In saying that its not as soft as many others, if for example you do Hist, Lit and Socio or Chem, Lit and Socio, then it doesnt seem that bad, but i would assume having an A* in the sociology would look good.



honestly :rolleyes: :o:o
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alexsasg
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(Original post by iammichealjackson)
I think its because people who do it at A Level (and then at degree) TEND to be the sort of people who couldn't cope with harder subjects so they try something new. Its been shown that people who do less traditional A Levels usually have lower GCSEs, which might support this.

I'm doing a sociology paper at university. I find it really interesting, and its just as hard (if not harder) than the biology paper im doing. It isn't a "doss" subject at uni, although its limited in what you can directly do with a degree in it!

the total number of people who study sociology undergraduate at oxbridge is like 130 max.

This is compared to biology or chemisty where there would be over 1000 people studying it.

It just refllects our need for sociologists and the number of good applicants.
I agree with you regarding the point about finding other subjects easier - I did better in biology at AS than in sociology, which goes to show that it isn't necessarily "easier" than more "traditional" courses.

Also, I couldn't help but notice that you're at Cambridge (My dream uni - applying to do PPS for 2012 entry!). What sort of sociology modules are available (or what are you doing your paper on? Is it something that you were able to pick out of several?) Thanks.
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ByronicHero
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Because people are stupid and would rather denigrate than investigate.
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iammichealjackson
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(Original post by alexsasg)
I agree with you regarding the point about finding other subjects easier - I did better in biology at AS than in sociology, which goes to show that it isn't necessarily "easier" than more "traditional" courses.

Also, I couldn't help but notice that you're at Cambridge (My dream uni - applying to do PPS for 2012 entry!). What sort of sociology modules are available (or what are you doing your paper on? Is it something that you were able to pick out of several?) Thanks.
Im a first year. And yeh, a smaller percentage of people get As/A*s in sociology/psychology than maths, which in a way corrects for it being suppossedly easier.

Im a first year. there is only 1 sociology paper in this year. you get taught everything but from what ive been told you only prepare a few topics in the exam, so in a way you do get to pick, yes. For sociology, psychology + sociology + politics + social anth/international relations is probably your best bet for the first year.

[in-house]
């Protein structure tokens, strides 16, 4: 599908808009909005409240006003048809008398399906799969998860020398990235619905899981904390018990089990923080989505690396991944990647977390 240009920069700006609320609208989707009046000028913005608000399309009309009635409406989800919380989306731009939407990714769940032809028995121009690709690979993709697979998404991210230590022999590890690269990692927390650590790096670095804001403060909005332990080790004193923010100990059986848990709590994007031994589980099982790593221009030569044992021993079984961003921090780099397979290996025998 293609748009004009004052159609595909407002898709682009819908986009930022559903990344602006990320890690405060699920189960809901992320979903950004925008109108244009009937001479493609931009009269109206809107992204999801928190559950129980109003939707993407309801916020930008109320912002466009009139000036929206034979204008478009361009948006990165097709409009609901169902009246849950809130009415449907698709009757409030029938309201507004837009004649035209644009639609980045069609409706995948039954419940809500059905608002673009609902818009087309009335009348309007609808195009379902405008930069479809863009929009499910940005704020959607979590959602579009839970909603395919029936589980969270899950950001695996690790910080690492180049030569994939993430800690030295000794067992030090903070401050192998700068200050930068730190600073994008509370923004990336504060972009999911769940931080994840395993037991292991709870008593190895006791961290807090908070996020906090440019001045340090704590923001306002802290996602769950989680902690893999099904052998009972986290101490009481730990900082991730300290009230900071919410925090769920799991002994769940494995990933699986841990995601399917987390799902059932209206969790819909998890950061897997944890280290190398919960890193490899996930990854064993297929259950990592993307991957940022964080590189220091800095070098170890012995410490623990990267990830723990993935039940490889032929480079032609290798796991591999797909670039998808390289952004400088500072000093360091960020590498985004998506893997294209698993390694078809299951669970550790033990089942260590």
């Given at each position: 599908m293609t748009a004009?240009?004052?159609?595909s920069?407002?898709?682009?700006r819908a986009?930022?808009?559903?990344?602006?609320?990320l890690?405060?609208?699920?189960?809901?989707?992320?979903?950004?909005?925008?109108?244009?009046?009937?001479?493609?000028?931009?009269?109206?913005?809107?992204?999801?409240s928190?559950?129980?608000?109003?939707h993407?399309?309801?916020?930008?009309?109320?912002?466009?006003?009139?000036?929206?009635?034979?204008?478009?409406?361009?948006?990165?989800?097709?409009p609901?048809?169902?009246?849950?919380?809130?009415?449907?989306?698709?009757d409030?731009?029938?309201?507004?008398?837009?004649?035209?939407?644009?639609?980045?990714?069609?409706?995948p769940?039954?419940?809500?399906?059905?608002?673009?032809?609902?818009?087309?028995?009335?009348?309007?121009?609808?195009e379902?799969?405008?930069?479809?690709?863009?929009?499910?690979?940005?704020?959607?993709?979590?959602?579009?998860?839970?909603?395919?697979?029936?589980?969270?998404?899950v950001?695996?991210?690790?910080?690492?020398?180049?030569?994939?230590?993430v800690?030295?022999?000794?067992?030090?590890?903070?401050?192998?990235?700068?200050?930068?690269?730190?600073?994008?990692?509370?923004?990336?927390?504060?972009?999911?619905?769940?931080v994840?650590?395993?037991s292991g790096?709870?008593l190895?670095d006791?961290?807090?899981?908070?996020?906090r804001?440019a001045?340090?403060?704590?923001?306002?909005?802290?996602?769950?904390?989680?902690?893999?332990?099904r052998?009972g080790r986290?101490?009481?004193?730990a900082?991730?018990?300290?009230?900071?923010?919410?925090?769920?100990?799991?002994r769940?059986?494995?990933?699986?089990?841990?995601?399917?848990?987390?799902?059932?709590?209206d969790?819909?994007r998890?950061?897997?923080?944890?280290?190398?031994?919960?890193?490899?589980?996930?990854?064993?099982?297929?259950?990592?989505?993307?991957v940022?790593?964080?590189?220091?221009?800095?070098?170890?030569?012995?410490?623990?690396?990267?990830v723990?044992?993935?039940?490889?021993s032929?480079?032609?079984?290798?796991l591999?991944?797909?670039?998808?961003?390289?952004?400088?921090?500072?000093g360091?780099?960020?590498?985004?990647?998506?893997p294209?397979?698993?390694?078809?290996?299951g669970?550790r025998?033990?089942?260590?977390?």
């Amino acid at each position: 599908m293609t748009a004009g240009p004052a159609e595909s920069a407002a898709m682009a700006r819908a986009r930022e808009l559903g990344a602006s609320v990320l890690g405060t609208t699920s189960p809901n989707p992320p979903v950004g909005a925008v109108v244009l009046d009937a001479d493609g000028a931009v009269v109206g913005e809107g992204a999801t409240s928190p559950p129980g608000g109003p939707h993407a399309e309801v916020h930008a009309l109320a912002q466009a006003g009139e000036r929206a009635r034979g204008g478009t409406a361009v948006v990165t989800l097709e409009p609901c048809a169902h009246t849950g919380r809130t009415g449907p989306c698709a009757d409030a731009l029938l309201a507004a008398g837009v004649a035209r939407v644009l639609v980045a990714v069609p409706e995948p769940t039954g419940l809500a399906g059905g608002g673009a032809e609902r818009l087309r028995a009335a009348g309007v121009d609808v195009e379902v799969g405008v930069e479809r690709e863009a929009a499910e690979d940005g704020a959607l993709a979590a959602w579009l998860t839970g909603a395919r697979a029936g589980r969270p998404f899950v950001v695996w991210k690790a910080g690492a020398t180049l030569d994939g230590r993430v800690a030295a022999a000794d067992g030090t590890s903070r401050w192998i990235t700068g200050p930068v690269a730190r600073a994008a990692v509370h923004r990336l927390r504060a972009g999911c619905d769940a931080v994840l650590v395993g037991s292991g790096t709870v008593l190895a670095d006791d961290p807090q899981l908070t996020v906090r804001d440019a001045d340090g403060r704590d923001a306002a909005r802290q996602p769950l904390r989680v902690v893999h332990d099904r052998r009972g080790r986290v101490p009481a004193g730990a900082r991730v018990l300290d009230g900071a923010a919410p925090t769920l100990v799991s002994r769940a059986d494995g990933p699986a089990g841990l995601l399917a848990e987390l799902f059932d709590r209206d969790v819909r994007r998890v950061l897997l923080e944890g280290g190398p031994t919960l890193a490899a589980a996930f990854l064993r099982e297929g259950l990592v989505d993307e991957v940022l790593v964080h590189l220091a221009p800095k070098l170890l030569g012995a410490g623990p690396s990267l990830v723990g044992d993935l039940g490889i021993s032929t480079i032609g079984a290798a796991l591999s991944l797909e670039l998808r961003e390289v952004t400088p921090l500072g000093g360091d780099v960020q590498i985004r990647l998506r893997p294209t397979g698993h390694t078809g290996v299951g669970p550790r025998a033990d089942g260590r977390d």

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Jabberwox
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Only by snobby people who think anything which isn't maths or science is a 'soft option'.
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Aramiss18
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(Original post by paddy__power)
Because people are stupid and would rather denigrate than investigate.
Perhaps it's because people- like me for example- have lived with someone who does sociology and observed first hand that their workload is very low.
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Aramiss18
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(Original post by Jabberwox)
Only by snobby people who think anything which isn't maths or science is a 'soft option'.
In terms of workload they are softer options and when was the last time an arts student had to get their head around wavefunctions? Far more work in a science degree and the content is more difficult to grasp. I don't know why people try and argue otherwise although I also I don't understand the snobbishness. If someone wants to study a degree like sociology then that's fine and I hope they benefit from and enjoy it but don't insult my intelligence and argue it's as difficult to get a 2.1 in than physics/chem/maths etc because it simply is not.
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Jabberwox
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(Original post by Aramiss18)
In terms of workload they are softer options and when was the last time an arts student had to get their head around wavefunctions? Far more work in a science degree and the content is more difficult to grasp. I don't know why people try and argue otherwise.
One of my friends is doing an art subject and his workload is very high. He never has any free time; most of it is dedicated to work, and he also gets very stressed out about deadlines.

Admittedly science and maths subject are more difficult but I still don't think it's fair that sociology is looked down on. All subjects are very valuable in their own way